Grief is defined by Oxford Languages as “intense sorrow, especially caused by someone’s death.” That especially is important because the death of a loved one is not the only thing that can trigger a grief reaction. You can grieve for a location, a point in time, your life before illness, the loss of a relationship. Grief is that ‘intense sorrow’ due to a loss of something that you cannot get back. Never feel like your grief is not justified.
I think grief is something that is hugely misunderstood. We are expected to have big emotional outbursts at the start, then feel sad and upset, then life carries on and you move on. For most people it just isn’t like that and that can carry with it a feeling of shame or failure on top of the grief you already feel.
We can get so caught up with the effect of the death on our lives that we forget to reflect on the event itself. We don’t give ourselves the time and space to breath, to cry, to feel. There are so many things to face as a consequence of the loss that those can take over. It can be easier to focus on the practicalities to distract yourself from the hurt. That’s okay too.
Everyone handles things in your own way and you don’t need to feel pressure to handle things in a certain way because that’s what society expects. You are also allowed to be happy, to smile and to make new memories. It does not in any way mean you have stopped caring about the individual who has gone. Grief is rarely a linear process and everyone has ups and downs but you do not need to feel guilt over an up. Moving away from the sadness does not mean moving away from the memories. You can grow around your grief.
I can find that triggers of a grief reaction are often not what I expect and that is true for a lot of people. A piece of music, a smell, a specific date, a TV show or almost anything else can prompt a rush of memories. It is almost impossible to avoid triggers, especially if you don’t know what they might be. So try and come up with a ‘trigger plan’ in advance to help yourself manage a challenging moment. For example I find counting up and down on my fingers in French can help ground me. I have the physical motion of tapping each finger down as I count and the mental distraction of thinking of the French. The advantage of a strategy like this is that it can be done anywhere. Don’t worry if it takes you a while to find what works for you or if sometimes things are too overwhelming for you to cope with. Grief is a hugely powerful emotion and there is no easy ten step guide for how to get through it.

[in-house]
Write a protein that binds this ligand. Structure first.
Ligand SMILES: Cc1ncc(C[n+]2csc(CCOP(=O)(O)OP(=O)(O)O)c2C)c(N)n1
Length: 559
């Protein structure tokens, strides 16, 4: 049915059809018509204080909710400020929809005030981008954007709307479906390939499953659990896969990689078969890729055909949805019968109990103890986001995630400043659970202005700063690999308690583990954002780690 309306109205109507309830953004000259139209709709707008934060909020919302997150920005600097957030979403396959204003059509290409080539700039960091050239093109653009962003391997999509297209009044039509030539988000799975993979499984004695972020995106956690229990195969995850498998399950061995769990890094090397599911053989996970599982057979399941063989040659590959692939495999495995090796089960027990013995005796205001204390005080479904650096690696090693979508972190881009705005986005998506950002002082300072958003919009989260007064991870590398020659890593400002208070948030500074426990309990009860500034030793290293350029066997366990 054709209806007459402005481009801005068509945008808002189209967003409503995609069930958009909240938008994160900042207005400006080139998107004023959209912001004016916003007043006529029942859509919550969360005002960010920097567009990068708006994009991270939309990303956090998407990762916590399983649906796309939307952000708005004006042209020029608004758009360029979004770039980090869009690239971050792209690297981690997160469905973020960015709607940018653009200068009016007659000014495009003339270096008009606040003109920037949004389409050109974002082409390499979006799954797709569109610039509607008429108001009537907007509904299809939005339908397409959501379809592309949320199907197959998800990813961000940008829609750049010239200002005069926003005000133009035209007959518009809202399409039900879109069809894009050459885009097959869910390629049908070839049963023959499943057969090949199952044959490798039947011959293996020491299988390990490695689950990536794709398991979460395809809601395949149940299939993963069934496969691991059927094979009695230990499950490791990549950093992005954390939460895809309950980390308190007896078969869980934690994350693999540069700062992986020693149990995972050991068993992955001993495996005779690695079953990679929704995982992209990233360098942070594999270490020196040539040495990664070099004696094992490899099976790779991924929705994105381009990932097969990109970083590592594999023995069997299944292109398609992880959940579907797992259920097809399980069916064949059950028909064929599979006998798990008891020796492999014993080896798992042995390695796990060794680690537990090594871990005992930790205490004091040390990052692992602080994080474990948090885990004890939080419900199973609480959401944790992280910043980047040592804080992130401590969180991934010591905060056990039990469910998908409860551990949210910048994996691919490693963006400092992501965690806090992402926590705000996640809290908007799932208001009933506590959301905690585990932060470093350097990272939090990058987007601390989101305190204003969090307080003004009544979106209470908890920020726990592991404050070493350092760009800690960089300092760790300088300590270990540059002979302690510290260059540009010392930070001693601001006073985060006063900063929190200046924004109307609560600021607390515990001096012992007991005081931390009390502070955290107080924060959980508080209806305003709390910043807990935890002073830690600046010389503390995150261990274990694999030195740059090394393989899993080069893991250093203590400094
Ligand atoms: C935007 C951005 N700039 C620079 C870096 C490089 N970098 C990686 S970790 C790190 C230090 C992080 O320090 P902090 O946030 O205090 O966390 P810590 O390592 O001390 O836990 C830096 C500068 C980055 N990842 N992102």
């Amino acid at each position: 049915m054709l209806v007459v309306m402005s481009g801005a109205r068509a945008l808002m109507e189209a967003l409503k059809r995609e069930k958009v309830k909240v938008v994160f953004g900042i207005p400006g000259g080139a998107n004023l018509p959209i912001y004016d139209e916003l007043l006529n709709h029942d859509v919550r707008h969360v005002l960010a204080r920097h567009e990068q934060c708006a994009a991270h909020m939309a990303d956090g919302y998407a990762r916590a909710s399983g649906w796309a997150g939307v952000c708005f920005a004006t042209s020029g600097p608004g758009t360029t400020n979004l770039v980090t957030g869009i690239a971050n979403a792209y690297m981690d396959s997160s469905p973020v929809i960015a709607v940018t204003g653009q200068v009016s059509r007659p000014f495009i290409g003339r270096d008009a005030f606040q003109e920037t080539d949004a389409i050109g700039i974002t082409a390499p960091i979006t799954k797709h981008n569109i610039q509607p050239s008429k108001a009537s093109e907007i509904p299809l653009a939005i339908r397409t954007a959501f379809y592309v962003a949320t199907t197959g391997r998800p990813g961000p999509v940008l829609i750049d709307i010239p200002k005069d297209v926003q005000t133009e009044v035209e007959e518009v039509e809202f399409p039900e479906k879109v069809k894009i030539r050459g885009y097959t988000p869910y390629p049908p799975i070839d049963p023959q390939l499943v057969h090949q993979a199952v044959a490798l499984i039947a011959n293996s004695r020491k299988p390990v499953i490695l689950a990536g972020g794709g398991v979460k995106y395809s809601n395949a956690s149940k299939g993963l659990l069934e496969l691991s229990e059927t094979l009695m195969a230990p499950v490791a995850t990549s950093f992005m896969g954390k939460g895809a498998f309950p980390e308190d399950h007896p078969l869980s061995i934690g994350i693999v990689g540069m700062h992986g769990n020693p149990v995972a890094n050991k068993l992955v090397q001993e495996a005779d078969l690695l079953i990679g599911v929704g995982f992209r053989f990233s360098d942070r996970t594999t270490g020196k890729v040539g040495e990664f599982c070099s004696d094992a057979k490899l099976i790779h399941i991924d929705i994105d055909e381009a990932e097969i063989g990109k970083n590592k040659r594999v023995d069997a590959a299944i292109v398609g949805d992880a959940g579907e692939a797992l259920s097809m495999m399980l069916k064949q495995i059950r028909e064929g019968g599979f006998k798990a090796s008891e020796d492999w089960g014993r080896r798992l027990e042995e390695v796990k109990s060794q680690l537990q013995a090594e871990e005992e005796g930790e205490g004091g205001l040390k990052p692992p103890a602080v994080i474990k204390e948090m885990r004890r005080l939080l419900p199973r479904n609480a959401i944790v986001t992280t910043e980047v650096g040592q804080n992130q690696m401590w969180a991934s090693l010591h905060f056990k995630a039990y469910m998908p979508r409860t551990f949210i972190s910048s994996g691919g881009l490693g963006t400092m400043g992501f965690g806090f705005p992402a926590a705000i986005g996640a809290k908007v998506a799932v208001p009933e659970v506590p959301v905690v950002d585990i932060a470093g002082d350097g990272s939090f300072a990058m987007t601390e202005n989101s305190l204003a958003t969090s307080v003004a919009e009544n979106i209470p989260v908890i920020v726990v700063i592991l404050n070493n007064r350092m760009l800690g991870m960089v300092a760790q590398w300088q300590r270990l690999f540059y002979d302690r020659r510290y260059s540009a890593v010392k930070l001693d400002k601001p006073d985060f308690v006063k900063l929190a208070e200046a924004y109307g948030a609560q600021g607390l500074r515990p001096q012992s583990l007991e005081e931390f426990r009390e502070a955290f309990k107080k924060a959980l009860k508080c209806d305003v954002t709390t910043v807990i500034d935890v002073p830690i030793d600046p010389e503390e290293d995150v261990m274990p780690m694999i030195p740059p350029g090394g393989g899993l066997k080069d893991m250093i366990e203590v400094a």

The most important thing to remember is that managing grief is hard and if all you manage to do in a day is just get through it then you can be proud of yourself. And if you aren’t proud of yourself then I will be proud for you.
Such a little word for so much meaning.
How can you describe so much feeling?
G is for the grey that the world can seem.
R for the rage that builds inside you.
I for the isolation that sets in without people to understand.
E for the energy you struggle to find to keep going.
F for the fear of a future forever changed.
There could be a whole alphabet of emotions that can’t be summarised.
Perhaps some may come as a surprise.
Just remember that there is no one way.
Do whatever helps you get through the day.